Andrew Wiggins Dominates Voting En Route To Winning 2014-2015 Rookie Of The Year

So much for a close race.

Despite a late-season charge from a first-year class led by Nikola Mirotic and Nerlens Noel, the Minnesota Timberwolves’ Andrew Wiggins received 110 of a possible 130 first-place votes en route to winning 2014-2015 Rookie of the Year.

The number one pick of last June’s draft garnered 604 total voting points, almost lapping the field in the process. The Chicago Bulls’ Mirotic came in second with 334 points and 14 first-place votes, while the Philadelhia 76ers’ Noel finished third with 335 points and three first-place tallies. Elfrid Payton of the Orlando Magic, Marcus Smart of the Boston Celtics, Jusuf Nurkic of  the Denver Nuggets, and Jordan Clarkson of the Los Angeles Lakers were the only other rookies to receive votes. Wiggins was the sole player named on every ballot.

Full voting results for Rookie of the Year can be found here.

The 6’8 wing averaged 16.9 points, 4.6 rebounds, and 2.1 assists in his long-awaited debut professional campaign. Deemed a superstar in waiting since his early teenage days, Wiggins hardly seemed one through the first few weeks of this season. He struggled to assert himself offensively in the early going, usually deferring to more established teammates and “floating” through games on that end despite his wealth of natural gifts – seemingly confirming widespread concerns gleaned from his easygoing nature.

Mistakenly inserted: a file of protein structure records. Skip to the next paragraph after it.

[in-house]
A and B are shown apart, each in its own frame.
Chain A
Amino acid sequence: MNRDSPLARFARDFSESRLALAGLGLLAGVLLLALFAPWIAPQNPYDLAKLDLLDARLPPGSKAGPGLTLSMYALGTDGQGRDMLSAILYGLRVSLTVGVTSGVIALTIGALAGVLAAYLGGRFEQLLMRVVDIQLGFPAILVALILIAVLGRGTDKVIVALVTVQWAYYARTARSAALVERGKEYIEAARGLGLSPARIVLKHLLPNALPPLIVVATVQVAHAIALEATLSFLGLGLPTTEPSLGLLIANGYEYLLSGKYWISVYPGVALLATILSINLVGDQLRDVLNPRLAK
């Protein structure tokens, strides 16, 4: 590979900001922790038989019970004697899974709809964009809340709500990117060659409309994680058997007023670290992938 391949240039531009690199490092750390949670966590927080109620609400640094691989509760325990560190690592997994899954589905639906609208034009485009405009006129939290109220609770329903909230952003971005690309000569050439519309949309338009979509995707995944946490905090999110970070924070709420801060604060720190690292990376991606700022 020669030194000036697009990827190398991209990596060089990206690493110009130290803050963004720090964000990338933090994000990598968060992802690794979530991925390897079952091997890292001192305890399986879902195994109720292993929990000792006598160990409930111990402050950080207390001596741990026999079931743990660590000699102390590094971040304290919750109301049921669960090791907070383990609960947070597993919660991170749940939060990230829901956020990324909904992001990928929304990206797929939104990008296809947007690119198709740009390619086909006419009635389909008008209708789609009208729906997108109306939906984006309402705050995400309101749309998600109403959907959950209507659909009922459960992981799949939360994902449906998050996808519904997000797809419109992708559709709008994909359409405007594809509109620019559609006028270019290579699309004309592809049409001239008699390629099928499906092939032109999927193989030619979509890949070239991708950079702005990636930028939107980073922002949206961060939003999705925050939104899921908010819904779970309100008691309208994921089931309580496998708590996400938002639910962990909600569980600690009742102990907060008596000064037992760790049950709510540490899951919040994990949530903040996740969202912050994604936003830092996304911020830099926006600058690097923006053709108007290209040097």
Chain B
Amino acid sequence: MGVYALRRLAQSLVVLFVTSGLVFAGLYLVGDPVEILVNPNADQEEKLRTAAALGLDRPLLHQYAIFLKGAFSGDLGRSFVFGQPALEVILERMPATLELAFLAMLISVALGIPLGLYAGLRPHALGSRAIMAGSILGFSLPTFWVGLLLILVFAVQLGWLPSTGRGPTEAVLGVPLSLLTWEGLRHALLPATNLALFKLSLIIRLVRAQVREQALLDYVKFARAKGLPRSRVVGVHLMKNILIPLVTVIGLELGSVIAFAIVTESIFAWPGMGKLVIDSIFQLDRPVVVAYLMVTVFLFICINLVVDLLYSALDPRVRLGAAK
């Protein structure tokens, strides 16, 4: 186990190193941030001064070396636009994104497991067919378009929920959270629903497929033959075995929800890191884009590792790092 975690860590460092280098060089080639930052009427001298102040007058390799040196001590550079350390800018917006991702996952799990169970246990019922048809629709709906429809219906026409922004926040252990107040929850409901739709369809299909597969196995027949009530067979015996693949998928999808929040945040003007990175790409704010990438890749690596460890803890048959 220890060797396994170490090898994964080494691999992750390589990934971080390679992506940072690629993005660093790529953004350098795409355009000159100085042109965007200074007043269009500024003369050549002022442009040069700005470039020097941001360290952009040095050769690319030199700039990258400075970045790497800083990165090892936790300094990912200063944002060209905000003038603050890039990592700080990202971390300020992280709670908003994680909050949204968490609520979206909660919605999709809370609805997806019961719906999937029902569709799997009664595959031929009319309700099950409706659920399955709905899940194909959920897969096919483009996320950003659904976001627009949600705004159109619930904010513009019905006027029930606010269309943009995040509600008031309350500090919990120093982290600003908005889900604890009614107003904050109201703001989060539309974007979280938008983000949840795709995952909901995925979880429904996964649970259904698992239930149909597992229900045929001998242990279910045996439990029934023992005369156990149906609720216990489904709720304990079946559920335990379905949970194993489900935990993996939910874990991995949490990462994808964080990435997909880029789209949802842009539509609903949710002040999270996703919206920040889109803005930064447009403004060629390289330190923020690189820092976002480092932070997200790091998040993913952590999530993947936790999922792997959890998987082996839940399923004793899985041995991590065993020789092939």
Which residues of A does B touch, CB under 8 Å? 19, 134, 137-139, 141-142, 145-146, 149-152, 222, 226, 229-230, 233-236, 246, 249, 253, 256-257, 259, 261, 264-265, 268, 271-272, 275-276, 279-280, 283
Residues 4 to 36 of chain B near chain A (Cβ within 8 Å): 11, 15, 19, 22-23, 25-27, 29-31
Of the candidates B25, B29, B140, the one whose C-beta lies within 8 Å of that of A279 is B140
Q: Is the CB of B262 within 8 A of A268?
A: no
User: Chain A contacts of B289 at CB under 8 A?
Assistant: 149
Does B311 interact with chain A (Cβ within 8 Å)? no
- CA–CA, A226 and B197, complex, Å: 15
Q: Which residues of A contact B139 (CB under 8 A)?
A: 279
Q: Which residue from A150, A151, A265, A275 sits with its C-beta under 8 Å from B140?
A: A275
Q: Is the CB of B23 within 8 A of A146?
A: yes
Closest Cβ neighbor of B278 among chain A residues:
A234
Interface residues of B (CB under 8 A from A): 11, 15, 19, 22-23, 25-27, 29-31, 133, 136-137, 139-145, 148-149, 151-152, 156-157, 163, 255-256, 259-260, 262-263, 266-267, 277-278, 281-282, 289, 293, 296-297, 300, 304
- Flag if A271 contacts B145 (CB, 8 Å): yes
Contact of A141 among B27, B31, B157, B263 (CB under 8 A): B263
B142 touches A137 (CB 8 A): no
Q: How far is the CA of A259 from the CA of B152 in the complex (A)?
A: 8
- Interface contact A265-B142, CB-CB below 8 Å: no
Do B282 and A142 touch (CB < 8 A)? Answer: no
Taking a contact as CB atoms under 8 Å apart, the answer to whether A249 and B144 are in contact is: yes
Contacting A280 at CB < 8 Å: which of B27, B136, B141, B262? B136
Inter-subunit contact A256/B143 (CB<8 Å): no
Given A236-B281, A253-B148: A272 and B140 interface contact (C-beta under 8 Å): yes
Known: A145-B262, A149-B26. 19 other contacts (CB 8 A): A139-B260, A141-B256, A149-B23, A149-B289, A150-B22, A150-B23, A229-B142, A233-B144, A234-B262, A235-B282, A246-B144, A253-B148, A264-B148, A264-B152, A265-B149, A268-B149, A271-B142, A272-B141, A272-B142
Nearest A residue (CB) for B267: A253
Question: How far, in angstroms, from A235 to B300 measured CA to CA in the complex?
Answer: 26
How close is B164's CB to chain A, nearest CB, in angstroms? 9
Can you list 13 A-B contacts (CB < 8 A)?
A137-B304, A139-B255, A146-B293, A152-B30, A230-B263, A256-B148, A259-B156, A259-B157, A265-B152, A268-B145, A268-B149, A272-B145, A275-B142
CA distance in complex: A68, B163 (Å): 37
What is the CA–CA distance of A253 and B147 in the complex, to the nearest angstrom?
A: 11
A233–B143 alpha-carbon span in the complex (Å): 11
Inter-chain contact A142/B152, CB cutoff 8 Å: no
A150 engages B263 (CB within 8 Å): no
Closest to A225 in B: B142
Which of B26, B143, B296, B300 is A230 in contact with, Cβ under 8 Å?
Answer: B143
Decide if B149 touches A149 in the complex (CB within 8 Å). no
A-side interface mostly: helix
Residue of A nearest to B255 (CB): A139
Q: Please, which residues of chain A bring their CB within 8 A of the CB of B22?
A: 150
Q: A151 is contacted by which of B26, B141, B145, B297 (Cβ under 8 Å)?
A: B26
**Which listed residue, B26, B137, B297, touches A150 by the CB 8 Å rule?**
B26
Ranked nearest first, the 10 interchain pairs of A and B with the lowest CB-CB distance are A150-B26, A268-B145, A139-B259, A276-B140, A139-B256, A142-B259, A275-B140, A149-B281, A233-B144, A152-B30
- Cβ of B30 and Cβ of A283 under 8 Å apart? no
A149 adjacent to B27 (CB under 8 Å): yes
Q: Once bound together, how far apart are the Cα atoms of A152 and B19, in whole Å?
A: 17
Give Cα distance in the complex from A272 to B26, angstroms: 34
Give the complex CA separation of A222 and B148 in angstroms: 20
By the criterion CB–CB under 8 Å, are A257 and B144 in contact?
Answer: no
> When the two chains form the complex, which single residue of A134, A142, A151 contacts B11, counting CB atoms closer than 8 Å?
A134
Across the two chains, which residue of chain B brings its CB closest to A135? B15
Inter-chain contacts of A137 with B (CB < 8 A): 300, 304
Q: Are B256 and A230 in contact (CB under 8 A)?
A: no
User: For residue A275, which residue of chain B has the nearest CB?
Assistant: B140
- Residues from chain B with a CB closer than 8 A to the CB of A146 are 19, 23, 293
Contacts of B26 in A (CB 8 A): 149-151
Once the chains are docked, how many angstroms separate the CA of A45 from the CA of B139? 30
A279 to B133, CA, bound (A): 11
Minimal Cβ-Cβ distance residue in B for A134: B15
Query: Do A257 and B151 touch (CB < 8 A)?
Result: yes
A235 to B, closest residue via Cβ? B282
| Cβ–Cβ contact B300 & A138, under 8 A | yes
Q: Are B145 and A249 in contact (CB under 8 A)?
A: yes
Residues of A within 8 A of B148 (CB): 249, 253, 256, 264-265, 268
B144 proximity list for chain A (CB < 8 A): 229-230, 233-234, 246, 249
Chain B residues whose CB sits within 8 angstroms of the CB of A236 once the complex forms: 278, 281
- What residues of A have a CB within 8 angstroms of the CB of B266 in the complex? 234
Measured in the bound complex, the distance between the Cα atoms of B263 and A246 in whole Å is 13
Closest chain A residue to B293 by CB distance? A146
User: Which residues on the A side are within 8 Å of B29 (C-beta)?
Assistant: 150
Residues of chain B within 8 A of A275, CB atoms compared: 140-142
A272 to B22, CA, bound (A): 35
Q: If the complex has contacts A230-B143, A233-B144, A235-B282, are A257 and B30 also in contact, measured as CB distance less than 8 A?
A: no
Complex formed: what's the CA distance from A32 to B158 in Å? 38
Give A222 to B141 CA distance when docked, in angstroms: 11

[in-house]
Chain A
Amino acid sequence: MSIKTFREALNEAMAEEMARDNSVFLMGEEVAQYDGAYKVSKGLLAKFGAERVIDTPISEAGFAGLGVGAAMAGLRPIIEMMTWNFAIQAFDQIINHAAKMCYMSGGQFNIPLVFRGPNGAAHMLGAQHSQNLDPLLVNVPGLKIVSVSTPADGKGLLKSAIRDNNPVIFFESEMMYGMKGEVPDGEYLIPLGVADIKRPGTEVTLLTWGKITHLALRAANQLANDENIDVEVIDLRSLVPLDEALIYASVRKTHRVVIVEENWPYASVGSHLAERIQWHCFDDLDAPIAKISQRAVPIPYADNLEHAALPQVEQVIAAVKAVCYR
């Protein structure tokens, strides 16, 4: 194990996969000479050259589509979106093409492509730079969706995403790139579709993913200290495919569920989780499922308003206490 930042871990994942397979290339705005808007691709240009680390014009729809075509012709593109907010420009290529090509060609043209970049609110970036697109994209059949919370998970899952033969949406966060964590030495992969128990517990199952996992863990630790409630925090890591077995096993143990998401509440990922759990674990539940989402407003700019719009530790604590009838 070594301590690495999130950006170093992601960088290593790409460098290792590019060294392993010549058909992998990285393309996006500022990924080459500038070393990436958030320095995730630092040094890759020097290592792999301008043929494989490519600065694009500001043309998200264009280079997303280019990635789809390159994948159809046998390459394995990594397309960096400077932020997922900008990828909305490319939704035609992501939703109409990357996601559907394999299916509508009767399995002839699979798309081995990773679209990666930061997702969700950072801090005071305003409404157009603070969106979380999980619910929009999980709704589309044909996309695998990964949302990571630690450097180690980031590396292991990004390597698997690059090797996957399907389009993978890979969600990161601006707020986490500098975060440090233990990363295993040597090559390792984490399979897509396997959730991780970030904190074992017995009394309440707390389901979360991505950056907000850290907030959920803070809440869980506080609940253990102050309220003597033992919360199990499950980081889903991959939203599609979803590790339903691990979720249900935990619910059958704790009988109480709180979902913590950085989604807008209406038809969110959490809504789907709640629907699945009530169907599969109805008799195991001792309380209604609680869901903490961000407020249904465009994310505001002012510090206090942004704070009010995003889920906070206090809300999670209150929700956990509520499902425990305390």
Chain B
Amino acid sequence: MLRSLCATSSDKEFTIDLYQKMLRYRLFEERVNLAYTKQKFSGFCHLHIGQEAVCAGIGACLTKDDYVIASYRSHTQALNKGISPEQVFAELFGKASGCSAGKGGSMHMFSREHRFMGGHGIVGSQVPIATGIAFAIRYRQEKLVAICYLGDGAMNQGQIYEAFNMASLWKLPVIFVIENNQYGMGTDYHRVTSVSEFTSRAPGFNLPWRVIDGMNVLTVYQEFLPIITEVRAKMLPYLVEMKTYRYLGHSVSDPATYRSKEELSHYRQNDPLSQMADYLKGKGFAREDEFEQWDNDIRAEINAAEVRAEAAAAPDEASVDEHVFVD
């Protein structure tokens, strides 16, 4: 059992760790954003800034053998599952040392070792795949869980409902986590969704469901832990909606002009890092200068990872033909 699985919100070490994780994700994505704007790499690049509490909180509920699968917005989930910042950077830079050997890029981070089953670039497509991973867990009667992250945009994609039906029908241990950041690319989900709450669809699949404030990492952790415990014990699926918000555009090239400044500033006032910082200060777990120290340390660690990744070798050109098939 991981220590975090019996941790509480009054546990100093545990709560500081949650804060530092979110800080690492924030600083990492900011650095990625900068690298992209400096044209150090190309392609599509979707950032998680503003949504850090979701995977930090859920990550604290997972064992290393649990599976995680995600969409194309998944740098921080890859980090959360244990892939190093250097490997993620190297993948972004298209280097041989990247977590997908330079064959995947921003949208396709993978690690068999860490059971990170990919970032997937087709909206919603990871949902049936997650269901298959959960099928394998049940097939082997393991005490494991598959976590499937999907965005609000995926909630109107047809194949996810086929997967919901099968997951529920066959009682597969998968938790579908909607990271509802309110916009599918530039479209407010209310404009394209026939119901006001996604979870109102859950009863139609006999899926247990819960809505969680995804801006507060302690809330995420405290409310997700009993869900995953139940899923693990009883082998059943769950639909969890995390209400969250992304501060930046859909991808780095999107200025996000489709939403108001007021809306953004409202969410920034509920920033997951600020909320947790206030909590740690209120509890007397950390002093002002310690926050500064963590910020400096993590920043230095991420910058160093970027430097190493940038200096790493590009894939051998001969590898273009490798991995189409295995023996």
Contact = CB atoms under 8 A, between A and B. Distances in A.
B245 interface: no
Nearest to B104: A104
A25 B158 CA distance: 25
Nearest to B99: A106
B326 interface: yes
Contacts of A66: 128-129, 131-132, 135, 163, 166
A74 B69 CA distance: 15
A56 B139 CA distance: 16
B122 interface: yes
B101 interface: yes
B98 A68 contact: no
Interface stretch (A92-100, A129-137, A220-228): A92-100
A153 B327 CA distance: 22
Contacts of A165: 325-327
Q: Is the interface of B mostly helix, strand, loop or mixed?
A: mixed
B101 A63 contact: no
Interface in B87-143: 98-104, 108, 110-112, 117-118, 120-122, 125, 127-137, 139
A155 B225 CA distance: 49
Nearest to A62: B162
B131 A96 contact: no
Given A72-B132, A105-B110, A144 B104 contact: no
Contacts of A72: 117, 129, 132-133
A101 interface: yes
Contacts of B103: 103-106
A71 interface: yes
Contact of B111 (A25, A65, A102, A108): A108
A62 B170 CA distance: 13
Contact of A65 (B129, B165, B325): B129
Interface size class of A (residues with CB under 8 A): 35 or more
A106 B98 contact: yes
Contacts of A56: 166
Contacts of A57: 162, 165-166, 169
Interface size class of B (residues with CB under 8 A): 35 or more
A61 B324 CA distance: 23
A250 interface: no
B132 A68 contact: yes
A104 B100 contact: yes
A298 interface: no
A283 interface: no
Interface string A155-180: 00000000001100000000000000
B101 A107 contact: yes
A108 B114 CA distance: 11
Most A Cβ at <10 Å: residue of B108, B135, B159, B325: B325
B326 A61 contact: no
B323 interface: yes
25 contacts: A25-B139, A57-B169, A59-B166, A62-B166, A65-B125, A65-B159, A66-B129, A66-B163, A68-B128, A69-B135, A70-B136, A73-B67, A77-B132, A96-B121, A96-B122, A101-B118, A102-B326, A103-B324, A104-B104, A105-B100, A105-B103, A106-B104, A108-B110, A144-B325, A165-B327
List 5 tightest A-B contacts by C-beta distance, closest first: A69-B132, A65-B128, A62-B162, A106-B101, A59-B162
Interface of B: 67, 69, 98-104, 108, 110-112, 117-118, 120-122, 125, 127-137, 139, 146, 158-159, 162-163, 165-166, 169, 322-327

But that all changed in mid-December. Wiggins enjoyed a coming-out party against the Cleveland Cavaliers – his former team, remember – on December 23rd, using that 27-point performance as a springboard to bigger and better things for the season’s remainder. He averaged 19.2 points per game on 45.5 percent shooting from that eye-opening game onward, firmly establishing himself as one of basketball’s most promising young scorers.

And the lack of aggression that hallmarked Wiggins’ November and early December vanished, too. He got to the line 8.3 times per game over the season’s last six weeks, and became a nightly fixture of league-wide highlight reels. This is the hyper-athletic force who’s the present and future pride of Canada:

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But what separates Wiggins from other rangy sky-walkers isn’t just his developing comfort as an offensive hub, but his immense potential on the other end, too.

Blessed with the tools to become basketball’s premier perimeter stopper, he exhibited them on a mostly inconsistent basis as a rookie. But when he did, holy hell. How many players in the world are capable of a two-way sequence like this against James Harden?

We followed the 20 year-old’s performance with a watchful and discerning eye all season long. And as much as the statistical spike and highlight uptick spell Wiggins’ imminent rise to stardom, neither development properly conveys just how much he grew from late October to mid April.

Considering his rapid progress and obvious room to grow, there exists the possibility that Wiggins could live up to the immense hype that’s followed him for most of a decade. And winning Rookie of the Year is an encouraging, if unsurprising, early step on his path to doing  just that.

Congratulations, Andrew!

[Minnesota Timberwolvescjzerovids]